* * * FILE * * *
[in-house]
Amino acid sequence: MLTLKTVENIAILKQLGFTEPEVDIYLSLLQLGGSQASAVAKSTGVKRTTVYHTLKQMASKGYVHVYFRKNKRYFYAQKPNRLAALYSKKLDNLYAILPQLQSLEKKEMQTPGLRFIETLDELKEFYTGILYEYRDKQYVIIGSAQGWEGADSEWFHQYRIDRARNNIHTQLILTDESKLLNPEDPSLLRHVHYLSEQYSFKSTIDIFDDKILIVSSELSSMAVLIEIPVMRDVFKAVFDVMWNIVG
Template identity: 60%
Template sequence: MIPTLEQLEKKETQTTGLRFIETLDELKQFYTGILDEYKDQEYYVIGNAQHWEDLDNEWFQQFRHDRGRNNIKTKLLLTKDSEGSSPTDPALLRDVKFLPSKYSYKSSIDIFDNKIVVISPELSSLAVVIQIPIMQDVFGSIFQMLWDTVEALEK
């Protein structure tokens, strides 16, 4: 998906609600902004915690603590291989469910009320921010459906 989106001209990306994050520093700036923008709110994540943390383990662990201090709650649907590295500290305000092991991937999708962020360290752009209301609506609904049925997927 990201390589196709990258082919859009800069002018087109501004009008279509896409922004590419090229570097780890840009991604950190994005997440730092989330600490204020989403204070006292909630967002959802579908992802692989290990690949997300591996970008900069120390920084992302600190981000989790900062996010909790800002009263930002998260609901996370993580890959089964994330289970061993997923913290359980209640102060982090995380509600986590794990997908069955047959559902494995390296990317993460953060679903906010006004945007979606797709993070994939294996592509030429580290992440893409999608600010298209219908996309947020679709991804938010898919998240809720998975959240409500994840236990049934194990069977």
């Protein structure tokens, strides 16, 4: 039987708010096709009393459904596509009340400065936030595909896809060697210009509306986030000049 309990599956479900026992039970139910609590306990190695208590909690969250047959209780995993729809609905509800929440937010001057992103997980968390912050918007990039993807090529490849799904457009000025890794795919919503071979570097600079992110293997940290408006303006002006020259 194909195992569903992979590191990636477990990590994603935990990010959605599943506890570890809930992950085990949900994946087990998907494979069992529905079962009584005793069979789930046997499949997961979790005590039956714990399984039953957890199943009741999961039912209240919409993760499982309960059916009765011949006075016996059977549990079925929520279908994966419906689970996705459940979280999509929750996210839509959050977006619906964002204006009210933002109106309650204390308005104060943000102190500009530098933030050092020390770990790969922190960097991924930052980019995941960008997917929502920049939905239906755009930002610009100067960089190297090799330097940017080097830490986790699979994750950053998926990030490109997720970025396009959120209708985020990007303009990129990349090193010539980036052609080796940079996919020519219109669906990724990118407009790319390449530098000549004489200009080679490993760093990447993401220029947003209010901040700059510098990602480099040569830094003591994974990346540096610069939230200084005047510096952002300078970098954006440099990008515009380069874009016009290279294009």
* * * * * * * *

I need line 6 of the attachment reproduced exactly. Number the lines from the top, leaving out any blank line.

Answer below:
């Protein structure tokens, strides 16, 4: 039987708010096709009393459904596509009340400065936030595909896809060697210009509306986030000049 309990599956479900026992039970139910609590306990190695208590909690969250047959209780995993729809609905509800929440937010001057992103997980968390912050918007990039993807090529490849799904457009000025890794795919919503071979570097600079992110293997940290408006303006002006020259 194909195992569903992979590191990636477990990590994603935990990010959605599943506890570890809930992950085990949900994946087990998907494979069992529905079962009584005793069979789930046997499949997961979790005590039956714990399984039953957890199943009741999961039912209240919409993760499982309960059916009765011949006075016996059977549990079925929520279908994966419906689970996705459940979280999509929750996210839509959050977006619906964002204006009210933002109106309650204390308005104060943000102190500009530098933030050092020390770990790969922190960097991924930052980019995941960008997917929502920049939905239906755009930002610009100067960089190297090799330097940017080097830490986790699979994750950053998926990030490109997720970025396009959120209708985020990007303009990129990349090193010539980036052609080796940079996919020519219109669906990724990118407009790319390449530098000549004489200009080679490993760093990447993401220029947003209010901040700059510098990602480099040569830094003591994974990346540096610069939230200084005047510096952002300078970098954006440099990008515009380069874009016009290279294009």